Wittenborg Brings Together Students of 3 Campuses for 3 Days of Climate Change Talk
While world leaders gathered in the pouring rain in Glasgow, Scotland, this week for the COP26 climate change summit along with thousands of other participants, about 150 undergraduate and postgraduate students at Wittenborg University of Applied Sciences also got together yesterday to start their own 3-day summit – a simulation of the one held in Glasgow.
For the first time, thanks to modern technology, the institution was able to get students from three different campuses in two countries – Apeldoorn, Amsterdam and Munich – together for lively debate, presentations and negotiations. The initiative is part of a Project Week assignment.
COP26 is seen by many as the last chance to save the world from climate change. As British prime minister Boris Johnson put it on Monday, the world is at "one minute before midnight" in terms of keeping warming below 1.5C, with the UN predicting a 2.7C rise on the current trajectory, which could lead to catastrophic consequences.
The seriousness of the situation was not lost on students and staff at Wittenborg as they dove headlong into the topic yesterday morning. Last month, Wittenborg announced that
for the current academic year it will have the theme of “Climate Change” connected to its curriculum, teaching, learning and university-wide activities.
For the coming days, students have been divided into 7 economic regions, sometimes also key countries, defined as "developed" or "developing", with many of the 100 nationalities at Wittenborg being represented.
Within their groups, students will negotiate their positions on actions to be taken on climate change, and at the same time try to forge alignments with other countries and regions. The aim is that each region produces a policy document that can be presented to the summit at the end of the project week, and that the project is finalised by reaching an overall agreement – or not.
WUAS uses the Climate Action Simulation, a highly interactive, role-playing game. It uses the En-ROADS simulation model to engage a wide range of participants in exploring key technology and policy solutions for addressing global warming.
More than just 'blah blah'
Wittenborg director Peter Birdsall kicked off the conference by welcoming students, reminding them that "things are changing in our society. We are dealing with something that humanity is finding difficult to solve. It is one of those things that too many people need to agree on". He quizzed students on the issues at stake and the different personalities and characters involved, such as the young Swedish activist Greta Thunberg, who already expressed scpeticism about how committed leaders are, calling for more than just "blah-blah-blah".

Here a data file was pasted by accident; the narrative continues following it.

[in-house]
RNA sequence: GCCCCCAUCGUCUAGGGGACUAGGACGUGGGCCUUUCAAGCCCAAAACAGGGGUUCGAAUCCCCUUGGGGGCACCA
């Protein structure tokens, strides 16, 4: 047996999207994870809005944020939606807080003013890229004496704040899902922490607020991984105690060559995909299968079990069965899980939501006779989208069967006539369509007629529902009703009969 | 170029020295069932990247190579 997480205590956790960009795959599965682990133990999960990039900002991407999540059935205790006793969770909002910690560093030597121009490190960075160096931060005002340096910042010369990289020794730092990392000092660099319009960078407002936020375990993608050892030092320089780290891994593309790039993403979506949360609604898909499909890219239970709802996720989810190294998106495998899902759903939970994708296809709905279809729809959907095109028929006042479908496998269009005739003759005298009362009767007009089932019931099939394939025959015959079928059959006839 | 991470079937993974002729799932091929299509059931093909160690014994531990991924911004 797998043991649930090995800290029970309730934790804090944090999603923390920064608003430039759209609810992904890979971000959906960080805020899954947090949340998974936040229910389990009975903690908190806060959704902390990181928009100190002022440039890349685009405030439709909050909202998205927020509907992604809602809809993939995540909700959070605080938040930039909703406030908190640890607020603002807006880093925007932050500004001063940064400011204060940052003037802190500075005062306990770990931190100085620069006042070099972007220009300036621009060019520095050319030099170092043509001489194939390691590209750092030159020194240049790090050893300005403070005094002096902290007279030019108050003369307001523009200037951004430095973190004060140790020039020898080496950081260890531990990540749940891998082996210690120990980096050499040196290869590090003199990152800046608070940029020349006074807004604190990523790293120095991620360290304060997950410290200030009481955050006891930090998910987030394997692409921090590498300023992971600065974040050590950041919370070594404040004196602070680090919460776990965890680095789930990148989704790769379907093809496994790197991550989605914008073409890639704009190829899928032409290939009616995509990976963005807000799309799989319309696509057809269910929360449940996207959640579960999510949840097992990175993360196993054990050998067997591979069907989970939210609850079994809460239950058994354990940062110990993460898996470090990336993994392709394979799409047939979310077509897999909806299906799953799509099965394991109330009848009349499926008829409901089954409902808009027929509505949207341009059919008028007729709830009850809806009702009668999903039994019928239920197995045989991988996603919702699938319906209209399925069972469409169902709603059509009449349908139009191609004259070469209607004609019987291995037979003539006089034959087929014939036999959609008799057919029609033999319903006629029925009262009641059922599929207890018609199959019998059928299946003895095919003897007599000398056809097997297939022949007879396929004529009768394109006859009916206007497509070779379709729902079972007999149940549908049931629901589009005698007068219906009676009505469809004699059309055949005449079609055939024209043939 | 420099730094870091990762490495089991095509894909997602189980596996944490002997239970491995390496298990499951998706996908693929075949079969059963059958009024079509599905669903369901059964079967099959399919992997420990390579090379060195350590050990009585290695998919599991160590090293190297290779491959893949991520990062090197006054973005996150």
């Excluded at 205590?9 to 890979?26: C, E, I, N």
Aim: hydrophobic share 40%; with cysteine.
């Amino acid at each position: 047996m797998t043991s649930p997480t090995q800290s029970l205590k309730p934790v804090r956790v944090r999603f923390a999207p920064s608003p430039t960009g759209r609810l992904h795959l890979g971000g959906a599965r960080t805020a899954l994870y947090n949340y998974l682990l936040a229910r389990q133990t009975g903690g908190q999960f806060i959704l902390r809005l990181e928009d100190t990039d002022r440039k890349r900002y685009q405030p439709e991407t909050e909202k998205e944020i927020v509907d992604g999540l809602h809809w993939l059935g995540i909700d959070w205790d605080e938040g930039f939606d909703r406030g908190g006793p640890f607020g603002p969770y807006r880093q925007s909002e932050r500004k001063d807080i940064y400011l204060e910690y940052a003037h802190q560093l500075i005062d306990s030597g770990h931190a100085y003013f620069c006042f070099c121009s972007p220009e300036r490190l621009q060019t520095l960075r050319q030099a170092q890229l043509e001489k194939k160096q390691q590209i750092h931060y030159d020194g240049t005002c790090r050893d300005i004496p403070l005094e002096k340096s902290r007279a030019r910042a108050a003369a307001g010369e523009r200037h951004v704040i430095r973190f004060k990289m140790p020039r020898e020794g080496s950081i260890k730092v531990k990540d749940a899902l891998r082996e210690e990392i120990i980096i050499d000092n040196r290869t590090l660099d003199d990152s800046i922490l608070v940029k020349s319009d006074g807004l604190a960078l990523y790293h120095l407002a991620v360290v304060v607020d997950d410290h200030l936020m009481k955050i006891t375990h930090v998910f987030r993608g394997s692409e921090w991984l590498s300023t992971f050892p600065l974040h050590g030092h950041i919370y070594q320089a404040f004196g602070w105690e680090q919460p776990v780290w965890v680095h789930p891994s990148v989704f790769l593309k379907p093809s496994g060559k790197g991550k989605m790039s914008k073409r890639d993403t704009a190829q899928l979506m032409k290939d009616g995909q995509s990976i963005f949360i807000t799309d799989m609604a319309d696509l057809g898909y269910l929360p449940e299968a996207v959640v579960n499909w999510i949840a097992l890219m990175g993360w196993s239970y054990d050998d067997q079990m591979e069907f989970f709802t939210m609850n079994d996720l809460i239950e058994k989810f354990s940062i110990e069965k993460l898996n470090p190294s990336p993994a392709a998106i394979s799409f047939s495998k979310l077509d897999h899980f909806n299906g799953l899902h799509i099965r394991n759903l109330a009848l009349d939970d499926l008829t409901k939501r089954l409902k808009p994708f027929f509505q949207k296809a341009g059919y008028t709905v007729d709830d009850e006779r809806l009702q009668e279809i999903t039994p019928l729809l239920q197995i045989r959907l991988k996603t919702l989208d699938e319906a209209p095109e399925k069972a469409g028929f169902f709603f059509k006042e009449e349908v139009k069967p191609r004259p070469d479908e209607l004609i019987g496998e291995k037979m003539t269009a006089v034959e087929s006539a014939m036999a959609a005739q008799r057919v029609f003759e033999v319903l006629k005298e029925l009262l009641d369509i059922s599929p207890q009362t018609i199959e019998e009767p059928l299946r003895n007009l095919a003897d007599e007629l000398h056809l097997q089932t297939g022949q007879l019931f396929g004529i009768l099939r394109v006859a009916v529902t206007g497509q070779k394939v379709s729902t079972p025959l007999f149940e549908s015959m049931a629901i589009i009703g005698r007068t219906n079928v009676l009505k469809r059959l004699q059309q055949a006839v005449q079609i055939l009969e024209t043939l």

He also gave a shout-out to the African country Gambia, that according to the Climate Action Tracker was the sole nation taking steps in line with the Paris Agreement – which is meant to help all nations stave off imminent catastrophe.
Businesses as a force for good
After Birdsall, Wittenborg's Assurance of Learning Manager, Kriszta Kaspers, and senior lecturer Dadi Chen gave a presentation on Ethics and Climate Change: Businesses as a force for good. Dr Teun Wolters, Emeritus Professor of Applied Sciences, also presented on why it is so difficult to achieve sustainability.
One of the factors cited by Wolters was that neo-liberalism as an economic philosophy was very strong in the previous decades. "There was a strong belief in free markets and free financial flows; giving way to large multinationals and economic growth was promoted. The IMF and also the World Bank imposed this policy on poor countries. Only China refused to accept free financial flows.
"Fortunately, policy thinking has changed the tide. There is attention to the danger of inequality and to an economy that takes on clean energy and circular technologies. Still, effecting change appears to be difficult. International business should take more responsibility and economic growth should be subjected to strict sustainability criteria. Profits cannot be prioritised to the detriment of the workers. Purpose precedes making money. Will it happen?"
by Anesca Smith